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Tuesday, February 28, 2017

Rant #1,851: Laugh

I am very stressed out right now.

There are just so many things going on that are out of my control--see yesterday's Rant for one example--that when I come home from work, all I want to do is eat dinner and go to sleep.

Of course, that isn't entirely possible.

The TV is on, and that magical invention has given me some solace for my entire nearly 60 year existence.

I have always been a fan of TV--my mother says that when I was a toddler, I would jump up and down in the crib when she had on "American Bandstand"--and over the next many decades of my existence, I have always turned to television to not only entertain me, but also to make things right in my world.

Lately, when I have come home from work and eaten dinner, yes, the news is on the TV in our living room, and I do listen to what is going on in our world.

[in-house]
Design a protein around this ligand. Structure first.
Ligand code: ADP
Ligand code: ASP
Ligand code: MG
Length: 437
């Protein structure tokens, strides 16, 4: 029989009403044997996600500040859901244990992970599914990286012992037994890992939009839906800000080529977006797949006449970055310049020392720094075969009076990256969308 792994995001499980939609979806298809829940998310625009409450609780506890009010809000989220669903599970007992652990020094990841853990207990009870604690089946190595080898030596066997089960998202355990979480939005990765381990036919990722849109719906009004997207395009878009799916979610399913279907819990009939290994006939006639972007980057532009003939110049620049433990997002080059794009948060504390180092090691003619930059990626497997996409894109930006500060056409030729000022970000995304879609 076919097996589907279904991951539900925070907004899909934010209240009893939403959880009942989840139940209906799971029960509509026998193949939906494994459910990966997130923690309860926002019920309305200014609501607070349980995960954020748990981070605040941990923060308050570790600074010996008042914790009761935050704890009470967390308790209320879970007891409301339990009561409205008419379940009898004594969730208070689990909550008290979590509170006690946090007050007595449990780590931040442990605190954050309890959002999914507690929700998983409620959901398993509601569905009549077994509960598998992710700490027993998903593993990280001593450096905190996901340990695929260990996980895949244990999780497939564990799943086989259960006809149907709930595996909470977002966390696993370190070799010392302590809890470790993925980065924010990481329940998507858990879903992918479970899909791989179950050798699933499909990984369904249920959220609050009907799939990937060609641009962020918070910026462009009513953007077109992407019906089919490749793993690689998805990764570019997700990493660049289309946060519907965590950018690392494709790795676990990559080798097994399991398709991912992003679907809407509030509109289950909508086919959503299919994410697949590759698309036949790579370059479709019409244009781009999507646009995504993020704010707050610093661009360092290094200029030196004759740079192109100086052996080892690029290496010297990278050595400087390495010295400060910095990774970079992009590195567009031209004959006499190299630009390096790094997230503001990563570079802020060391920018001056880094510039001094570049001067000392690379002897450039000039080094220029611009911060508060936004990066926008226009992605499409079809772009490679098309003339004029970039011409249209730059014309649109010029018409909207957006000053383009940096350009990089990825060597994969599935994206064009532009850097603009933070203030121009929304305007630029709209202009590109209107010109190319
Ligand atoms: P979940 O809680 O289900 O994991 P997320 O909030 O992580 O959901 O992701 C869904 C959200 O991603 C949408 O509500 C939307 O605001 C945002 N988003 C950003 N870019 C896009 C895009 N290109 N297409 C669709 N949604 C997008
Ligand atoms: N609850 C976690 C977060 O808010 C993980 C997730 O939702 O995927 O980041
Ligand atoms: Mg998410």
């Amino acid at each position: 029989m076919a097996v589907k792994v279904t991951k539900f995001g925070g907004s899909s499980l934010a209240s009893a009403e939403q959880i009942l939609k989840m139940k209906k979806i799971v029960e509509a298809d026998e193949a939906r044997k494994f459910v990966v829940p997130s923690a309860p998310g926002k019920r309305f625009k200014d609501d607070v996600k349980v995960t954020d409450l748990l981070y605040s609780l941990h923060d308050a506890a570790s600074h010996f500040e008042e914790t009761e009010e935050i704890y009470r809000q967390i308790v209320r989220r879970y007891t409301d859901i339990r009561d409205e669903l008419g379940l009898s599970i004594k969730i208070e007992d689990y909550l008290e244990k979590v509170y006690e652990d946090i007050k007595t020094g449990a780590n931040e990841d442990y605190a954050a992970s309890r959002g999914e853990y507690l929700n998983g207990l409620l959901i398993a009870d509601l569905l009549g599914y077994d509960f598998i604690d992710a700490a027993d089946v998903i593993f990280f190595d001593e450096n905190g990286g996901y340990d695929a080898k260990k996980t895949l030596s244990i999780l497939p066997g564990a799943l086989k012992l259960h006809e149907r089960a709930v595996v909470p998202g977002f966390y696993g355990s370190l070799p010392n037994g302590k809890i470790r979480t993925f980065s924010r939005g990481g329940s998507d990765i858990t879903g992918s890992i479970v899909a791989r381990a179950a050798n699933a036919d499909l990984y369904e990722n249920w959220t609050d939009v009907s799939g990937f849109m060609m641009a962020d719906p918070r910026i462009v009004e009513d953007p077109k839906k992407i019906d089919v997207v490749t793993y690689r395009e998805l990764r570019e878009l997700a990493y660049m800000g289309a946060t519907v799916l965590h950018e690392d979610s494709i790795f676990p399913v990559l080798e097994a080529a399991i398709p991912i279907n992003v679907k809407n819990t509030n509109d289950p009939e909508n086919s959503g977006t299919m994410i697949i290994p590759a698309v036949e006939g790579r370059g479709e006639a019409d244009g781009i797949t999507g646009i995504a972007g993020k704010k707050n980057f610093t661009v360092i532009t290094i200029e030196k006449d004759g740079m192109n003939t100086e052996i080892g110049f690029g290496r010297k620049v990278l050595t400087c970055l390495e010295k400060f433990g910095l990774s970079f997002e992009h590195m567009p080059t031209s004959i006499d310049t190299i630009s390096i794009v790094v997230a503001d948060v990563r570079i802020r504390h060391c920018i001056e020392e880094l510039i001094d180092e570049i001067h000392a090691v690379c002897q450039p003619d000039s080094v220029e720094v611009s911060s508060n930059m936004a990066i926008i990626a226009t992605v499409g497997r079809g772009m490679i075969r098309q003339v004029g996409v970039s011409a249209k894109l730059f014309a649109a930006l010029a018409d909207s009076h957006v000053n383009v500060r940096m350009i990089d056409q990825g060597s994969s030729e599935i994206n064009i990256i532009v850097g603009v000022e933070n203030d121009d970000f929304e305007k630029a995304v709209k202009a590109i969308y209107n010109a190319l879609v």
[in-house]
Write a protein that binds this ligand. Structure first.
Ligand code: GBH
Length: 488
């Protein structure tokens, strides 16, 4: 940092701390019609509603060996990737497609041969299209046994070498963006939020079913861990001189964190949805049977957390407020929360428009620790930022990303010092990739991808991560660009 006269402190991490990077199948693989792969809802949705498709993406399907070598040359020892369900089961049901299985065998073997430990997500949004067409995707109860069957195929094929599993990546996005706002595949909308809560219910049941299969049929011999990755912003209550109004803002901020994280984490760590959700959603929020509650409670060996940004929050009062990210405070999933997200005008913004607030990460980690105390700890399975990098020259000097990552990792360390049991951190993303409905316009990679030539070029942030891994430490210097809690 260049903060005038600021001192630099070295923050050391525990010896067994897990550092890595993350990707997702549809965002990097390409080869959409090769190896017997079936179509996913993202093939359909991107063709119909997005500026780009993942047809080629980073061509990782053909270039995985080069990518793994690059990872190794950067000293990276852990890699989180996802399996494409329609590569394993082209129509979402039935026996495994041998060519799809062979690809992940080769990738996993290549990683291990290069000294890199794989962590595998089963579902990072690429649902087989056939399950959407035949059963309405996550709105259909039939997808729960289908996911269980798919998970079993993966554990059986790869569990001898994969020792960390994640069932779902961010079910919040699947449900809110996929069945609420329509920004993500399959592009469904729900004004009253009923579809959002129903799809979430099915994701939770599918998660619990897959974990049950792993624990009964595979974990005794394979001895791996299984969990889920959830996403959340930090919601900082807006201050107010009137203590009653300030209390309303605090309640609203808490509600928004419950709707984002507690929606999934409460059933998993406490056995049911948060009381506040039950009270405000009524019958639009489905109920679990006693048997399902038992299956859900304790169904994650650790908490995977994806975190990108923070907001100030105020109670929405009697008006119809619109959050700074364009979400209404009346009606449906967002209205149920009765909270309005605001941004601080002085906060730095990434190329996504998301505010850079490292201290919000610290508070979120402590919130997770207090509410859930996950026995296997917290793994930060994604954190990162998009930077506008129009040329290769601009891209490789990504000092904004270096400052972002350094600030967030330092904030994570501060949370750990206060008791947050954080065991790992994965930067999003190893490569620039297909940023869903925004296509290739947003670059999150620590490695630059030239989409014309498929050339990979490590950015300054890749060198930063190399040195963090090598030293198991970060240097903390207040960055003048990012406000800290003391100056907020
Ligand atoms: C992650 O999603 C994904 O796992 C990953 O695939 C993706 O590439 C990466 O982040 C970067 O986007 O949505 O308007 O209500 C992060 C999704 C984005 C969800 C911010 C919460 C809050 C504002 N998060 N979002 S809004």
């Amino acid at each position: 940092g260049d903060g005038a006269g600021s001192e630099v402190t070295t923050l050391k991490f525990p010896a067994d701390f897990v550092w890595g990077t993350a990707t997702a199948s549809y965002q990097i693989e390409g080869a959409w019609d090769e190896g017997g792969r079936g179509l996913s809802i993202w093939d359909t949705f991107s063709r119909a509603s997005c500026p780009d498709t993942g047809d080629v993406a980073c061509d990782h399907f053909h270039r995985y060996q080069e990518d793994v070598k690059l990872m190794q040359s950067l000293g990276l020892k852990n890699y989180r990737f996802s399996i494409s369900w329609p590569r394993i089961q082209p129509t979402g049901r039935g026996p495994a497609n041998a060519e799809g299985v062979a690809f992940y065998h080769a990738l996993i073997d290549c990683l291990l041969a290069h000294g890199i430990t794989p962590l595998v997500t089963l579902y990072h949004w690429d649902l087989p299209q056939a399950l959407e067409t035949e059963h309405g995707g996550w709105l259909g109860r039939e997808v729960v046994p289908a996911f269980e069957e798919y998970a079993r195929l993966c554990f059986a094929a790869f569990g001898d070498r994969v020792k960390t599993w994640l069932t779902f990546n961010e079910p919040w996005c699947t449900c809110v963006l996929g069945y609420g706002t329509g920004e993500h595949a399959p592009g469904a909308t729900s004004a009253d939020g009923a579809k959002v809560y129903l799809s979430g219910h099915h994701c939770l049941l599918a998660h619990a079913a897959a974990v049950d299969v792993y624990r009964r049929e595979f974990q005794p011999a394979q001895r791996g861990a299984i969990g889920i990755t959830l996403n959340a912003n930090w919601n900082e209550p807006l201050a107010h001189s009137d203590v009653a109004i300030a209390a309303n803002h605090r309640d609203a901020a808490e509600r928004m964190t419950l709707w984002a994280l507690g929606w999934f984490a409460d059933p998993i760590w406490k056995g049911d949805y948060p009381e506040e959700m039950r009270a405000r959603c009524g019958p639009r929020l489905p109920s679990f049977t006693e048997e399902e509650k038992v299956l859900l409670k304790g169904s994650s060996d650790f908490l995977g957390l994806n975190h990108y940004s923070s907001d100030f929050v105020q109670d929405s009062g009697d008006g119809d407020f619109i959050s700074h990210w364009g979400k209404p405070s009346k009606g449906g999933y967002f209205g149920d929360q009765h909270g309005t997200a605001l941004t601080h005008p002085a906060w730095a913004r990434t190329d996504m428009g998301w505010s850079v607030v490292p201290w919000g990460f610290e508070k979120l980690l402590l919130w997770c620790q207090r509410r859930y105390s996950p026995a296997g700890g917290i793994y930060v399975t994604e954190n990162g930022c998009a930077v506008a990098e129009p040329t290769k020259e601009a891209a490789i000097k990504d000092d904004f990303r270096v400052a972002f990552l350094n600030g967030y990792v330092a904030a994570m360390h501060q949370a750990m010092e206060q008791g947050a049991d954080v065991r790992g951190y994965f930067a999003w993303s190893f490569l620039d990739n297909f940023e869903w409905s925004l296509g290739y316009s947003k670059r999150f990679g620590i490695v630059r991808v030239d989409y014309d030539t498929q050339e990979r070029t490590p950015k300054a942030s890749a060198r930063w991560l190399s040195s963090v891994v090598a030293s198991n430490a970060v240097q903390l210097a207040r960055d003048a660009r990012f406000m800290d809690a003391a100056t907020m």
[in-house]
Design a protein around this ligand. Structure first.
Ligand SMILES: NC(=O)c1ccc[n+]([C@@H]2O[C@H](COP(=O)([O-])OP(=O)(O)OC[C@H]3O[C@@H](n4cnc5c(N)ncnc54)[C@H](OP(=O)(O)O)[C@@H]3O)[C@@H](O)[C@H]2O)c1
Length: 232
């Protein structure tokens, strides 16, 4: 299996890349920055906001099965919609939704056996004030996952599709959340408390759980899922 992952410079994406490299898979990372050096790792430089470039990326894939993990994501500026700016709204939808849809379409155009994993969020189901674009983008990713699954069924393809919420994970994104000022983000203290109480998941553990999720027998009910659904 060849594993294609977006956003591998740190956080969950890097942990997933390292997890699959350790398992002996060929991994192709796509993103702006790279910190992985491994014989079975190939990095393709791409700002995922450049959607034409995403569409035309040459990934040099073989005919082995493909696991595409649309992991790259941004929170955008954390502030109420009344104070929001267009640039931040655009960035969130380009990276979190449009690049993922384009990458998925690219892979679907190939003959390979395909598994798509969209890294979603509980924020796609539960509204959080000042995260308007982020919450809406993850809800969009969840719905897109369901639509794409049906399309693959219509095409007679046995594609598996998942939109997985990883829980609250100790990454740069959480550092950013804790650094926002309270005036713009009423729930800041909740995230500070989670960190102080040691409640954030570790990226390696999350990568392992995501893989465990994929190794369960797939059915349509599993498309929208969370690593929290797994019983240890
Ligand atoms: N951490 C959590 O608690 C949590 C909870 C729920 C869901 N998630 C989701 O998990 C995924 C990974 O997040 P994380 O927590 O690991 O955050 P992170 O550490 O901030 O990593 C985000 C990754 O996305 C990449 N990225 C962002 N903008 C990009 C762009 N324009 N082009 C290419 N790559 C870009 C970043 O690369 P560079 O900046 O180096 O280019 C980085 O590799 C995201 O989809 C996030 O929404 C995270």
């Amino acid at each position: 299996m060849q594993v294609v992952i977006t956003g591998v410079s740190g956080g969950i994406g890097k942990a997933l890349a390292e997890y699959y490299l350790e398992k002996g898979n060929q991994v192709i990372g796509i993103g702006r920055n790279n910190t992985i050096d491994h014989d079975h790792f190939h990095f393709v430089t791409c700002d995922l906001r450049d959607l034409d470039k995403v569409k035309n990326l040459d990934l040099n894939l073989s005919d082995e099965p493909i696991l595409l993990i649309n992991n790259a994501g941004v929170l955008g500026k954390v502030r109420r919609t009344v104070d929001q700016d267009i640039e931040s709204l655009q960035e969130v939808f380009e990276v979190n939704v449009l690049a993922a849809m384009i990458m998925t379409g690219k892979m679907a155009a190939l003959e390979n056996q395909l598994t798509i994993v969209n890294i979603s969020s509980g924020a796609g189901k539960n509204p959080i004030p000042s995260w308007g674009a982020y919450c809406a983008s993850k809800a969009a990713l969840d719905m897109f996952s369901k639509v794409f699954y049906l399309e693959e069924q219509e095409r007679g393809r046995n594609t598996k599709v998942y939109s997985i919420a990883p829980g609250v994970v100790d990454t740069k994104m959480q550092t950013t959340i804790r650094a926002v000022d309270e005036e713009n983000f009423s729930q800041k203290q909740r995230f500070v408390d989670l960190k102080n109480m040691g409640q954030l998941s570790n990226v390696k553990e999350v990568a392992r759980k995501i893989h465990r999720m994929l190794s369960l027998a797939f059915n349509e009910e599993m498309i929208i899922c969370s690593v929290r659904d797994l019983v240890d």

But once I am done, it is off to the bedroom, where part of my preparation for my later sleep is watching at least a few minutes of "Rowan and Martin's Laugh-In," the groundbreaking 1967-1973 NBC show that the Decades channel is running twice a night.

I rarely get to see the second showing, but the first one--which begins at 6 p.m. EST--at least gets a few minutes glance each weeknight.

It truly was a groundbreaking show, read the audience well, and became a fixture on Monday night in the late 1960s to early 1970s.

With a talented cast of comics, actors and dancers who were all on the cusp of stardom before appearing on this show--and some of whom became huge stars because of their exposure on the show--"Laugh-In" ended up killing the variety show as we know it, and enabled a program like "Saturday Night Live" to exist.

I also relax by listening to records--yes, the vinyl kind--and part of that relaxation is digitizing the huge stock load of records that I have. It is time consuming but oh so relaxing, at least to me.

So how do I bring together my love of "Laugh-In" and my love of records?

It is pretty simple, because "Laugh-In" spawned a cottage industry of show-related recordings, several made by the cast members themselves and others made by performers not associated with the show, but who were looking to cash in on the show's popularity.